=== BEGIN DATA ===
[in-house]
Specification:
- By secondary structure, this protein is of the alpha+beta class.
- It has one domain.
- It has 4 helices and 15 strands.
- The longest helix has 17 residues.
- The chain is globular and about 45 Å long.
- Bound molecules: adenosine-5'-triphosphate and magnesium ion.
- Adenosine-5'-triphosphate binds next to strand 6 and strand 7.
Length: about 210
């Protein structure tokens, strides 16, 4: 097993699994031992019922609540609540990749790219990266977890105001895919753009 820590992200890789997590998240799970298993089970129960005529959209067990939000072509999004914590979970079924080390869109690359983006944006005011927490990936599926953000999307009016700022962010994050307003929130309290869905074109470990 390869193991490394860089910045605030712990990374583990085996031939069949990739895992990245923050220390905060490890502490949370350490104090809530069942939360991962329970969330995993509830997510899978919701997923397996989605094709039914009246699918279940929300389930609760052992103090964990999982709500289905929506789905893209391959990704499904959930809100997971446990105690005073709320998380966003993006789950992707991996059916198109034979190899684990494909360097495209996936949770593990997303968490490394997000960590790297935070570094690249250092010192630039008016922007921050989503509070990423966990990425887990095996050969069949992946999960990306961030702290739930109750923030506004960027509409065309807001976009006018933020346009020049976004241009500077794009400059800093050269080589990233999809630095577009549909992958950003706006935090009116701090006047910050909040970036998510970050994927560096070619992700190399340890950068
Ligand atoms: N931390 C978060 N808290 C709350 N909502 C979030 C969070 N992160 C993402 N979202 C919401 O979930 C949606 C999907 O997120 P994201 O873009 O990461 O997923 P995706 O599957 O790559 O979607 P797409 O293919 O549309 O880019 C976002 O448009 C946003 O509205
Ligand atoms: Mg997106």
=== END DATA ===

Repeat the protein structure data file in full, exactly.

[in-house]
Specification:
- By secondary structure, this protein is of the alpha+beta class.
- It has one domain.
- It has 4 helices and 15 strands.
- The longest helix has 17 residues.
- The chain is globular and about 45 Å long.
- Bound molecules: adenosine-5'-triphosphate and magnesium ion.
- Adenosine-5'-triphosphate binds next to strand 6 and strand 7.
Length: about 210
């Protein structure tokens, strides 16, 4: 097993699994031992019922609540609540990749790219990266977890105001895919753009 820590992200890789997590998240799970298993089970129960005529959209067990939000072509999004914590979970079924080390869109690359983006944006005011927490990936599926953000999307009016700022962010994050307003929130309290869905074109470990 390869193991490394860089910045605030712990990374583990085996031939069949990739895992990245923050220390905060490890502490949370350490104090809530069942939360991962329970969330995993509830997510899978919701997923397996989605094709039914009246699918279940929300389930609760052992103090964990999982709500289905929506789905893209391959990704499904959930809100997971446990105690005073709320998380966003993006789950992707991996059916198109034979190899684990494909360097495209996936949770593990997303968490490394997000960590790297935070570094690249250092010192630039008016922007921050989503509070990423966990990425887990095996050969069949992946999960990306961030702290739930109750923030506004960027509409065309807001976009006018933020346009020049976004241009500077794009400059800093050269080589990233999809630095577009549909992958950003706006935090009116701090006047910050909040970036998510970050994927560096070619992700190399340890950068
Ligand atoms: N931390 C978060 N808290 C709350 N909502 C979030 C969070 N992160 C993402 N979202 C919401 O979930 C949606 C999907 O997120 P994201 O873009 O990461 O997923 P995706 O599957 O790559 O979607 P797409 O293919 O549309 O880019 C976002 O448009 C946003 O509205
Ligand atoms: Mg997106």